Calculation of Torque
The sealing solution provider should provide practical information to assist the plant in documenting gasket installation and maintenance procedures. A critical component of such documentation is the calculation of the optimal torque applied to the bolts at each joint location.
The bolt torque value will depend on the type of gasket, as well as the size of the pipe, the number and size of the bolts, and the internal pressure.
Installation Recommendations from Garlock
Our engineers have developed a set of best practices for bolted joint gasket installation:
- Inspect the flange to ensure that the surface finish and flatness are satisfactory.
- Center the gasket on the flange. Careful centering of the gasket is especially important when raised faces are involved. Take care when bringing the flanges together to ensure that the gasket is not pinched or otherwise damaged.
- Use a recently-calibrated torque wrench, well-lubricated fasteners and hardened flat washers to ensure correct initial loading.
- Lubricate fastener threads and all bearing surfaces (underside of bolt heads, nuts, washers), using only specified or approved lubricants. Apply the lubricant in a consistent manner as a thin, uniform coating (avoid "lumps" of lubricant as this may reduce the efficiency). Ensure lubricant does not contaminate either flange or gasket faces.
- Run the nuts or bolts down by hand. This gives an indication that the threads are satisfactory (if the nuts will not run down by hand, then there is probably some thread defect-check again and, if necessary, replace defective parts).
- Tighten the bolts to compress the gasket uniformly, utilizing a star bolting pattern (see Figure 2). After initially bringing all bolts to snug or finger-tight, all bolts should be tightened in one-third increments at each pass. The sequence in which bolts or studs are tightened has a substantial effect on the distribution of the assembly pressure (compression) on the gasket. Improper bolting may move the flange out of parallel. A gasket will usually be able to compensate for a small amount of distortion of this type, but serious difficulties may emerge if the flanges are substantially out of parallel.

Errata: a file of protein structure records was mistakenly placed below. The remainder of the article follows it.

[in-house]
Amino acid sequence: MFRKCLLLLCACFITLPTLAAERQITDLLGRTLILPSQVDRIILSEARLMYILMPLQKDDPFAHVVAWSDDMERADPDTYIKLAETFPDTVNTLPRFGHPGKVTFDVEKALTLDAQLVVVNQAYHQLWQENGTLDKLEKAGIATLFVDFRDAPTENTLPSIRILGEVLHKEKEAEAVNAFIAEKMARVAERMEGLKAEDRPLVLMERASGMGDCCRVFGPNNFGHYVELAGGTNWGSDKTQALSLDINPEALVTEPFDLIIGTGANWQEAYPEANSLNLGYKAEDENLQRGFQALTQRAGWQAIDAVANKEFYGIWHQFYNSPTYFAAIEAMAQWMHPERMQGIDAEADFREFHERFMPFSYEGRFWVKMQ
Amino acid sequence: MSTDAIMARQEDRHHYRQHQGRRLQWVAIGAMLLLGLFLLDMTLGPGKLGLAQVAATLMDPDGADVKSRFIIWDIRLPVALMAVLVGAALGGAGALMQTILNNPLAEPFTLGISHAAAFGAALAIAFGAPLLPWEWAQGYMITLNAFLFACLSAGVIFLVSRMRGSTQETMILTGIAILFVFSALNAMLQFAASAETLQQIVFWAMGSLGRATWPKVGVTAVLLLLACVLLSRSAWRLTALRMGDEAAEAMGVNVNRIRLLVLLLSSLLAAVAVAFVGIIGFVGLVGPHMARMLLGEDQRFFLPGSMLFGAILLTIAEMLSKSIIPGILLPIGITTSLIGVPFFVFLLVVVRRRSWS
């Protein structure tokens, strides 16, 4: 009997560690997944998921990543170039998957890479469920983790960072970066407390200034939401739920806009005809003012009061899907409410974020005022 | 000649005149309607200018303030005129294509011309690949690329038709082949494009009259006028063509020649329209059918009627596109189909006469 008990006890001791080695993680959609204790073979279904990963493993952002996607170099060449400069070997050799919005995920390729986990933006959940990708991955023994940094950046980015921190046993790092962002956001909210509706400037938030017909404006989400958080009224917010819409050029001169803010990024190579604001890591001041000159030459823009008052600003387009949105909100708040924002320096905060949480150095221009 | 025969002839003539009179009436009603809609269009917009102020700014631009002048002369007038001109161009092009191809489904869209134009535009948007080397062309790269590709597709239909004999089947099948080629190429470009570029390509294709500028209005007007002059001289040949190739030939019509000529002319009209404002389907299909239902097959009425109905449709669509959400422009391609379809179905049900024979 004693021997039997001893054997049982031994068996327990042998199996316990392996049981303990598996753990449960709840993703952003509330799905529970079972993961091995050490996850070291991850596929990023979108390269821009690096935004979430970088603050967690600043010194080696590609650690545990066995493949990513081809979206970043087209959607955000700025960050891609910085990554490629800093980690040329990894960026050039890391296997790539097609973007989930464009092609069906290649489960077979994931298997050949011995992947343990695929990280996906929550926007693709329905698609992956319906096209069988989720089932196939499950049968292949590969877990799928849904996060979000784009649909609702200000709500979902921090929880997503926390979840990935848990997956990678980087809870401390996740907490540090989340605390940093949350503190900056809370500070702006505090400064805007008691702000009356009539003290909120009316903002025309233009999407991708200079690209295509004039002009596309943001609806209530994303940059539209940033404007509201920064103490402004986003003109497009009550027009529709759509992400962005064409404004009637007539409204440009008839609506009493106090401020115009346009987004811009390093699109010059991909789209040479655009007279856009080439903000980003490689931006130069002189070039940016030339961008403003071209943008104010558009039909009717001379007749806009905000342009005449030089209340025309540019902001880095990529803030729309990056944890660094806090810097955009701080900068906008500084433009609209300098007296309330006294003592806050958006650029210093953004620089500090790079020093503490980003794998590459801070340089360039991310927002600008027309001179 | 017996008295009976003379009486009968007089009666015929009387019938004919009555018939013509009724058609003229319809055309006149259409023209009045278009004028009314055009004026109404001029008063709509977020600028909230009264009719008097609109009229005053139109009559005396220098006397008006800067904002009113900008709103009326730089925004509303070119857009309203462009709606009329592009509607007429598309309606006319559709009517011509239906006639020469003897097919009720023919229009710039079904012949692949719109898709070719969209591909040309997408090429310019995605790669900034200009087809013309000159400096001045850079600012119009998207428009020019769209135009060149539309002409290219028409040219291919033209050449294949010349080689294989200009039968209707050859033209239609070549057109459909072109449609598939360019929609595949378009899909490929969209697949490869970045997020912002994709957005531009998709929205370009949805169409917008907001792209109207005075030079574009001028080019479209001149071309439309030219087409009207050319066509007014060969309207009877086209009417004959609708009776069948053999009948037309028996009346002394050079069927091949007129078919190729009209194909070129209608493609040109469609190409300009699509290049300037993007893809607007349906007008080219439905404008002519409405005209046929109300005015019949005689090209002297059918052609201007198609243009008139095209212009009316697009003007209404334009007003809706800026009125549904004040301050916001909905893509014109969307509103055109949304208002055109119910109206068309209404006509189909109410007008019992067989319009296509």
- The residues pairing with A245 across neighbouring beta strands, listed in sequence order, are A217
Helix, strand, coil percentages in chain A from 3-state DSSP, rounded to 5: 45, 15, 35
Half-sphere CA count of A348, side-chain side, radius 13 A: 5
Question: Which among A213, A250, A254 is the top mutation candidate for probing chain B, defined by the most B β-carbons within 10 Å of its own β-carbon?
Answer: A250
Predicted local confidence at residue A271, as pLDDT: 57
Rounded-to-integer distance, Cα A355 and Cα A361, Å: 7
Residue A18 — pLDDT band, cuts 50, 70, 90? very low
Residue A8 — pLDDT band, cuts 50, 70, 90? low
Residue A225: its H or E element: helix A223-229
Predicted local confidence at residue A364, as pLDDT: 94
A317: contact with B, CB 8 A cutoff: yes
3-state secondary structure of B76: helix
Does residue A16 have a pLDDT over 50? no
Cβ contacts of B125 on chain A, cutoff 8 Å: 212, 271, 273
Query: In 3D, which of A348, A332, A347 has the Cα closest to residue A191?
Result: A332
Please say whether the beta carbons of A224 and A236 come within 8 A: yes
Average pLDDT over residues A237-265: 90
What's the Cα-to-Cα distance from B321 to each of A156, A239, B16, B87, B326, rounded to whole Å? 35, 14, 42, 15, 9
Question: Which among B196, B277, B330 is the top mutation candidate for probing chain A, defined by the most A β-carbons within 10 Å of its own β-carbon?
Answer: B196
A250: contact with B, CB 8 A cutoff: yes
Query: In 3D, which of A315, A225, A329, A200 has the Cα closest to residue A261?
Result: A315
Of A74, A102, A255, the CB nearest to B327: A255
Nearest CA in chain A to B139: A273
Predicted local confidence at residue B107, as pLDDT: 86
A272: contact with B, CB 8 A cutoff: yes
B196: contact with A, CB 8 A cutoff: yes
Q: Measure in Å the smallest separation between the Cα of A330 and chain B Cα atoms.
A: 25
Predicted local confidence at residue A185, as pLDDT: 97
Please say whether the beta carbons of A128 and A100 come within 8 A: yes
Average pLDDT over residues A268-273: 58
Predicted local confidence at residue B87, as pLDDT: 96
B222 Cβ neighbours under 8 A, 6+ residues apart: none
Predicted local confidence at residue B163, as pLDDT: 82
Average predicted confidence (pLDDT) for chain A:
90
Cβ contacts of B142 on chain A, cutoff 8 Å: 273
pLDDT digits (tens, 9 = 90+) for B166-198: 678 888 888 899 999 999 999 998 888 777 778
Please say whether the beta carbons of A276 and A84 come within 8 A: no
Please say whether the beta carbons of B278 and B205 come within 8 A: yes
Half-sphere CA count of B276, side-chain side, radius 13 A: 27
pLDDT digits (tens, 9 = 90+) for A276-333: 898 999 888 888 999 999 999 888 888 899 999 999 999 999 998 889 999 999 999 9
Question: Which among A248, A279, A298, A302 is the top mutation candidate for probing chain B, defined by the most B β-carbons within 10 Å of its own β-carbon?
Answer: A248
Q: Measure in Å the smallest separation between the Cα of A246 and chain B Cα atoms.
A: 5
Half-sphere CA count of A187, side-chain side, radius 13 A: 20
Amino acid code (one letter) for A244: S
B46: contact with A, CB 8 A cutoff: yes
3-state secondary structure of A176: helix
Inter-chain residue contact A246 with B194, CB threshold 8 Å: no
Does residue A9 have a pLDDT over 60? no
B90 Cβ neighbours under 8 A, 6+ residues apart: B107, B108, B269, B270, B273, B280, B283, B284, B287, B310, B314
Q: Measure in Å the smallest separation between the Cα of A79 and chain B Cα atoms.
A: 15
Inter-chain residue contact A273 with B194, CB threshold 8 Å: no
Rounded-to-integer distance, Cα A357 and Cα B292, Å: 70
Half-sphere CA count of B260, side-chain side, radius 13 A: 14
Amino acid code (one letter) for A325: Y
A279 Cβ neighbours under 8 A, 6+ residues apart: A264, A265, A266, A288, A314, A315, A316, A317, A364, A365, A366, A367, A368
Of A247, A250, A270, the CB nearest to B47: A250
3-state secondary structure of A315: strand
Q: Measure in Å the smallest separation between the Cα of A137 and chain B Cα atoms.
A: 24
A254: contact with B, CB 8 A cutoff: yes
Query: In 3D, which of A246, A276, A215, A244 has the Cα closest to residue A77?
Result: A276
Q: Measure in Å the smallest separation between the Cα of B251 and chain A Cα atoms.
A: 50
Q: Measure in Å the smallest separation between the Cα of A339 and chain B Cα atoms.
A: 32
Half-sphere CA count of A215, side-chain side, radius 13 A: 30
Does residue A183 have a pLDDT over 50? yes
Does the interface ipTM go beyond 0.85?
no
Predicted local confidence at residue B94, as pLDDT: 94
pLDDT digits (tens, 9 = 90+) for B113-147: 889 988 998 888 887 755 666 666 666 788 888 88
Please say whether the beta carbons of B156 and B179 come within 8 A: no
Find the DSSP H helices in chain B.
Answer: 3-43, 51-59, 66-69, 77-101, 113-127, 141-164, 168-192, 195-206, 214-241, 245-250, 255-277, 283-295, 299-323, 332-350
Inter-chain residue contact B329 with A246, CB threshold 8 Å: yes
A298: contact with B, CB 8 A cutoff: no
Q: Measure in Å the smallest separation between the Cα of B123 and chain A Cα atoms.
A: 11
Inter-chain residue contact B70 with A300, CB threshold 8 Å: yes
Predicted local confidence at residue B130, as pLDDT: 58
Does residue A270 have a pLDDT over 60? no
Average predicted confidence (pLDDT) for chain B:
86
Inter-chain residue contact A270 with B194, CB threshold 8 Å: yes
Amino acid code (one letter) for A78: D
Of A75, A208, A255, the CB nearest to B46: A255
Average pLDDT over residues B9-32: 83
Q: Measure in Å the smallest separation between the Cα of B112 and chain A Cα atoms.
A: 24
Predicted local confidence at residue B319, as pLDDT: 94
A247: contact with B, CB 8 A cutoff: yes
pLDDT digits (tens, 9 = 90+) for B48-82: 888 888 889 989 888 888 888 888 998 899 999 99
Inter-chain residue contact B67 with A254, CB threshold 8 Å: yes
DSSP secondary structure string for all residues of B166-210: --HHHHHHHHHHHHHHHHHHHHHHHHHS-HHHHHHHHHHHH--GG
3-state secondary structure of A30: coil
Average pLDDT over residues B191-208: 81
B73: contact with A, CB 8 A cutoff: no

- Make a final check pass at the target torque value moving consecutively from bolt to bolt.
- Re-torque 12 to 24 hours after initial installation, whenever possible.
- Observe all safety standards including lockout/tagout procedures.
- Never use liquid or metallic based anti-stick or lubricating compounds on the gaskets. Premature failure could result.
Best practices also include regular preventive maintenance. Daily or weekly inspections of fluid-handling systems can minimize downtime and allow corrective actions to be taken before irreversible failures occur. Another sound operating practice that can save plants time and money is changing sealing devices on a routine basis to make sure the system is properly equipped.
Consistently following these installation and maintenance recommendations is critical to achieving high performance and long service life with bolted joint gaskets. Proactively preventing leaks in your fluid-handling systems requires diligence and remains a constant struggle if the basics of good installation are not followed. Selecting a high quality, high performance gasket solution wins half the battle. To win the overall battle, consistent and thorough performance and documentation of procedures and system maintenance is a must.
Pumps & Systems, May 2008